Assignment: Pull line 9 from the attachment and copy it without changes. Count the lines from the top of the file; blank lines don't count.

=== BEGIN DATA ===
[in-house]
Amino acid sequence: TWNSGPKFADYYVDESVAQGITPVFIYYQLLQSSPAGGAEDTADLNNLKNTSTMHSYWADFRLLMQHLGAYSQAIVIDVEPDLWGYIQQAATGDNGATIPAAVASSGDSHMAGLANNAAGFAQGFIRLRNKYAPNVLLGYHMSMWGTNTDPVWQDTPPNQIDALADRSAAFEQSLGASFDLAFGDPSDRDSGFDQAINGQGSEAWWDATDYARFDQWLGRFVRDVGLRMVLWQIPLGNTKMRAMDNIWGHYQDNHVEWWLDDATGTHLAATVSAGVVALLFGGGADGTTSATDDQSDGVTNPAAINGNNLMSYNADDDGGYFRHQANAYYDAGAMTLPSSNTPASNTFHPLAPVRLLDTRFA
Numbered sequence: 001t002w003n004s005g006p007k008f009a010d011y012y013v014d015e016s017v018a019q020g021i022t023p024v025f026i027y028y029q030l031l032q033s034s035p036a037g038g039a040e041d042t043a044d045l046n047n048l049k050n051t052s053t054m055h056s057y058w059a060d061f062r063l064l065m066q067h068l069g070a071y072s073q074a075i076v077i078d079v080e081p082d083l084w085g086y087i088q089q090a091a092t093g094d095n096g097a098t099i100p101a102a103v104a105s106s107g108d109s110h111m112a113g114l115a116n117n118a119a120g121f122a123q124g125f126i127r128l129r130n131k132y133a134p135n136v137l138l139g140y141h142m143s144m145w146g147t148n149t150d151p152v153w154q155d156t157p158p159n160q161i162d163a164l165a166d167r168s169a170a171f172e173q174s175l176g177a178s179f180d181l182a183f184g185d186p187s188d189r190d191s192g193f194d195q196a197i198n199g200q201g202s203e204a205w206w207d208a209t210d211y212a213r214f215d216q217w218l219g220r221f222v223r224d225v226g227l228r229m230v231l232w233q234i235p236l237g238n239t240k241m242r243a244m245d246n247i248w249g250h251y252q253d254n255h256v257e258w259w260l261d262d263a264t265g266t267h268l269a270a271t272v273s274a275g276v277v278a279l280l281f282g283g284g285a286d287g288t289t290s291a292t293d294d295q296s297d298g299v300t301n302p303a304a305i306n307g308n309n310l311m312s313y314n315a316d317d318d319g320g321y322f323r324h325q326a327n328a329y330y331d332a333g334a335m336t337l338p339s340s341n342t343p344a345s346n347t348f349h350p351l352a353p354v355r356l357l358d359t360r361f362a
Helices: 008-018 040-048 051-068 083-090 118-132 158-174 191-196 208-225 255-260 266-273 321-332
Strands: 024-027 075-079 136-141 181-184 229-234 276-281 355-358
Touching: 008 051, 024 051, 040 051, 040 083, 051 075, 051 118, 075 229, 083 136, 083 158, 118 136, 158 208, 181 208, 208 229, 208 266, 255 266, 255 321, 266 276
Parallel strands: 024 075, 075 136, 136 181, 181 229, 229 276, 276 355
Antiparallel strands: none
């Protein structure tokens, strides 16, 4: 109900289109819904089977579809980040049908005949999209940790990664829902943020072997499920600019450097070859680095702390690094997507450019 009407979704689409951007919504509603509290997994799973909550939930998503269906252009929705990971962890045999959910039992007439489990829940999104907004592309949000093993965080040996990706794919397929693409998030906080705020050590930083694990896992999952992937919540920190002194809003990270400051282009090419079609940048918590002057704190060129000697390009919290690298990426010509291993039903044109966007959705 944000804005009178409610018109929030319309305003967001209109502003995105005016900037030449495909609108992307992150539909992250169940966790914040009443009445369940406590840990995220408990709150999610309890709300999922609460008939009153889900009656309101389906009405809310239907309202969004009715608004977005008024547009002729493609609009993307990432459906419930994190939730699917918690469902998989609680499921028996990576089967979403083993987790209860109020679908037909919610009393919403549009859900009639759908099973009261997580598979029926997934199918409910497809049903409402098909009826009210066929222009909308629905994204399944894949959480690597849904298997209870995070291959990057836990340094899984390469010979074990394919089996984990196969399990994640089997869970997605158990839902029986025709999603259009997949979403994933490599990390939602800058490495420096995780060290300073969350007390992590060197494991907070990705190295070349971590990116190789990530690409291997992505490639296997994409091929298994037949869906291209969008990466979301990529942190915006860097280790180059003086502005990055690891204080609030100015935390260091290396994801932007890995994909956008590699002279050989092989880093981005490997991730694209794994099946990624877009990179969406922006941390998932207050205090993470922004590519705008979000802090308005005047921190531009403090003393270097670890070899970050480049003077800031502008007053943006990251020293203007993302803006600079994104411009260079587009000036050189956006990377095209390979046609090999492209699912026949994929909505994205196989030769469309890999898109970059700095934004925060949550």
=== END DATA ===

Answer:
């Protein structure tokens, strides 16, 4: 109900289109819904089977579809980040049908005949999209940790990664829902943020072997499920600019450097070859680095702390690094997507450019 009407979704689409951007919504509603509290997994799973909550939930998503269906252009929705990971962890045999959910039992007439489990829940999104907004592309949000093993965080040996990706794919397929693409998030906080705020050590930083694990896992999952992937919540920190002194809003990270400051282009090419079609940048918590002057704190060129000697390009919290690298990426010509291993039903044109966007959705 944000804005009178409610018109929030319309305003967001209109502003995105005016900037030449495909609108992307992150539909992250169940966790914040009443009445369940406590840990995220408990709150999610309890709300999922609460008939009153889900009656309101389906009405809310239907309202969004009715608004977005008024547009002729493609609009993307990432459906419930994190939730699917918690469902998989609680499921028996990576089967979403083993987790209860109020679908037909919610009393919403549009859900009639759908099973009261997580598979029926997934199918409910497809049903409402098909009826009210066929222009909308629905994204399944894949959480690597849904298997209870995070291959990057836990340094899984390469010979074990394919089996984990196969399990994640089997869970997605158990839902029986025709999603259009997949979403994933490599990390939602800058490495420096995780060290300073969350007390992590060197494991907070990705190295070349971590990116190789990530690409291997992505490639296997994409091929298994037949869906291209969008990466979301990529942190915006860097280790180059003086502005990055690891204080609030100015935390260091290396994801932007890995994909956008590699002279050989092989880093981005490997991730694209794994099946990624877009990179969406922006941390998932207050205090993470922004590519705008979000802090308005005047921190531009403090003393270097670890070899970050480049003077800031502008007053943006990251020293203007993302803006600079994104411009260079587009000036050189956006990377095209390979046609090999492209699912026949994929909505994205196989030769469309890999898109970059700095934004925060949550």